Women4GlobalFund World Malaria Day Statement – Zero Malaria Starts with Me

Women4GlobalFund World Malaria Day Statement – Zero Malaria Starts with Me

To download the full W4GF statement click here.

Why the Global Malaria Response Is Important for Women?
Whilst all people exposed to malaria can be affected, the risks of exposure and limitationsto accessing adequate prevention and treatment remain disproportionately high amongst women. (UNDP December 2015) Unequal gender roles and gender dynamics give rise to different vulnerabilities (Measure Evaluation March 2017) and acombination of biological, socio-economic and cultural factors increase susceptibility amongst women. Specifically, adolescent girls between 15-19 years, women living with HIV, pregnant women and lesbian, gay, bisexual and transgender individuals are particularly affected (Roll back Malaria partnership September 2015); (Measure Evaluation March 2017).

Approximately 70% of malaria deaths are among pregnant women and children under five. Biology and socio-economic factors such as poverty, low levels of literacy, lack of economic power, decision-making and cultural factors determine and contribute to the low levels of prevention, transmission and treatment of malaria. Prevention for women largely focuses on preventative treatment in pregnancy with the implementation of intermittent preventative treatment in pregnancy (IPTp). There is some improvement but much still needs to be done. Among 33 African countries that reported on IPTp coverage levels in 2017, an estimated 22% of eligible pregnant women received the recommended three or more doses of IPTp, compared with 17% in 2015 and 0% in 2010. (WHO 2018 World Malaria Report).

This World Malaria Day
The theme for World Malaria Day 2019 is ‘Zero Malaria Starts with Me’. This calls for personal commitments to end malaria. This theme reminds us, especially those of us living in malaria-endemic countries, that we have personal responsibility to protect ourselves and our families – and to hold our leaders accountable to meet their commitments to end malaria. This World Malaria Day, join W4GF in urging our country leaders to #endmalaria for good!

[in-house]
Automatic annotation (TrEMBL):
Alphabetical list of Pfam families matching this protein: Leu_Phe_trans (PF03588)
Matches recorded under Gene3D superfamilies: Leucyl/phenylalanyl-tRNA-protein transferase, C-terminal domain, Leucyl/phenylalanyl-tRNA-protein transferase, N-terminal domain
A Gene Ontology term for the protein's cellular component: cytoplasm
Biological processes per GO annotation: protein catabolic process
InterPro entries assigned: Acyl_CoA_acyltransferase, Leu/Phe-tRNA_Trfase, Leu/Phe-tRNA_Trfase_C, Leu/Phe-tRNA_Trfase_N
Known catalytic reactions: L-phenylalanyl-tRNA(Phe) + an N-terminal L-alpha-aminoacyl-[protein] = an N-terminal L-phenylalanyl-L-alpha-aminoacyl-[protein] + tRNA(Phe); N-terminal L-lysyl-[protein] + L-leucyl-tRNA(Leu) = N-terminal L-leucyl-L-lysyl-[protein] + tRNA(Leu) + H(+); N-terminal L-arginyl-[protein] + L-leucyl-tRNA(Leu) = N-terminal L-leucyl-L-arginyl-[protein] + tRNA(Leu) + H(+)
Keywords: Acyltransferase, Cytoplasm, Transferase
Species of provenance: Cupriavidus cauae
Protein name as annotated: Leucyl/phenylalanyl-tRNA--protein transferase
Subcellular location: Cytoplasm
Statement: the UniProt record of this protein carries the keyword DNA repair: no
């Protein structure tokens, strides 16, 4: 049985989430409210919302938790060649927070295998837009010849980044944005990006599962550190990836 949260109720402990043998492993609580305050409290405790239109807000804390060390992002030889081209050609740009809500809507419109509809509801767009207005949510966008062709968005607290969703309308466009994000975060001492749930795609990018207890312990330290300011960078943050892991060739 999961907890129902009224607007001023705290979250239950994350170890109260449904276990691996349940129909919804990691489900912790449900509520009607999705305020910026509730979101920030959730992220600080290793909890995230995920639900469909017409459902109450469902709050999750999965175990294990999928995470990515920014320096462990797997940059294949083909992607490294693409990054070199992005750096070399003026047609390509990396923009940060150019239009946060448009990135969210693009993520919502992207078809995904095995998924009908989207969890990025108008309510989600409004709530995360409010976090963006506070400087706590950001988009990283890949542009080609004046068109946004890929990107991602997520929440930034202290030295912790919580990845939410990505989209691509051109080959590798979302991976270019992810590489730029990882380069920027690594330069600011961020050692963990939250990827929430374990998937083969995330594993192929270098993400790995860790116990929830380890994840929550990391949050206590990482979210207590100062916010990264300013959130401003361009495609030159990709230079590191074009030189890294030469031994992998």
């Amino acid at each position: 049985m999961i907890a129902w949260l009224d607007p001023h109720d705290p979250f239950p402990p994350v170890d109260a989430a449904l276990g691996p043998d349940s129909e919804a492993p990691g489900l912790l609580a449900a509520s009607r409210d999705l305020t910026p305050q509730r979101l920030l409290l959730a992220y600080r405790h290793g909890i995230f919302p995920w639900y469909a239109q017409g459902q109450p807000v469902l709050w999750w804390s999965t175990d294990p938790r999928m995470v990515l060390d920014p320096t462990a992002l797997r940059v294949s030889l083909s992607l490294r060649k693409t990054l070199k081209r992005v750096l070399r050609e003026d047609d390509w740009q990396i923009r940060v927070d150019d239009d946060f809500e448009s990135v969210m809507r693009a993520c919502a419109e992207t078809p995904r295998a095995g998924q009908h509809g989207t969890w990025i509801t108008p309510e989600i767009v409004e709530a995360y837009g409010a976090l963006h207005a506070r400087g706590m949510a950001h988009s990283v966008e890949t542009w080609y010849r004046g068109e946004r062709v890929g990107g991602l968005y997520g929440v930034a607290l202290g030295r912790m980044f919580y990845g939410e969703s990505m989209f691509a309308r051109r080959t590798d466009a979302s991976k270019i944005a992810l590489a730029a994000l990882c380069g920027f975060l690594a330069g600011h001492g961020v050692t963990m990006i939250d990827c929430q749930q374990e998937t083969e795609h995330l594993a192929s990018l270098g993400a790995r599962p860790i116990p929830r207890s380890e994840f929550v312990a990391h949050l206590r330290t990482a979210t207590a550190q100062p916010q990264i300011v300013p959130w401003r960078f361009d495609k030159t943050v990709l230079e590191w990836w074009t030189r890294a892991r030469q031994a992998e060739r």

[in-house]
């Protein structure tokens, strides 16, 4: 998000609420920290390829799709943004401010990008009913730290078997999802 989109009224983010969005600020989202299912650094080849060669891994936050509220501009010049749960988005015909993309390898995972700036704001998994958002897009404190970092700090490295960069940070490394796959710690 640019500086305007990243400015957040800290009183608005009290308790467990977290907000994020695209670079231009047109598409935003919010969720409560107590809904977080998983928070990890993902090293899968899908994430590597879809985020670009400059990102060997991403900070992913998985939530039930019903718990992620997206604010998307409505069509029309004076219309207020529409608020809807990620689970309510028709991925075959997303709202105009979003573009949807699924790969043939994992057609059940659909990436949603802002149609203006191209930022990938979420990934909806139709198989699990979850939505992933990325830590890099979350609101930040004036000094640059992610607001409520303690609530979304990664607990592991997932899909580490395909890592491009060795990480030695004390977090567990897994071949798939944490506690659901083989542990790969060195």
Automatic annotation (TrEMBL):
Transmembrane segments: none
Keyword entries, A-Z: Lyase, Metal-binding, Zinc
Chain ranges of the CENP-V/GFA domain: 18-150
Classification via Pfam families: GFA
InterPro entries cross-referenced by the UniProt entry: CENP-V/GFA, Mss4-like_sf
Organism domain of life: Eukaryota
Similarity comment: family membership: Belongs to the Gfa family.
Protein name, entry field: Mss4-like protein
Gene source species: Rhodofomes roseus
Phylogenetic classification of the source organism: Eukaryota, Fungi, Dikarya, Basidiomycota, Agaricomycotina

This World Malaria Day 2019 we bring visibility to two campaigns Zero Malaria Starts with Me Campaign and the Malaria Must Die Campaign to bring awareness to malaria.

We also welcome and celebrate the birth of the new Global Civil Society for Malaria Elimination (CS4ME) network, which is launched today in Paris. The CS4ME website, also launched today, opens with a global call for Membership from civil society organizations working on malaria across the world.  Join CS4ME

CS4ME aims to connect and build capacities of civil society organizations and communities and advocate for fully funded and efficient malaria responses. We see the role of civil society and communities, we need advocacy for political commitment to be made. We also need advocacy to ensure commitments are fulfilled and to keep our leaders accountable. We cannot sit, talk and wait – we need to take action and be operational now.  Join us in this new journey, let’s work smarter, stronger and together!  Let’s accelerate the fight! so we can end malaria.” Olivia Ngou, CS4ME Global Coordinator, Cameroon.

Global Action
As highlighted above, malaria has special gendered challenges for women in all our diversity. 2019 is a critical year for the malaria response. Given that the Global Fund finances over half of all malaria work, we must fully fund the Global Fund with $14billion in the next Global Fund Replenishment. To read more from the Global Fund click here.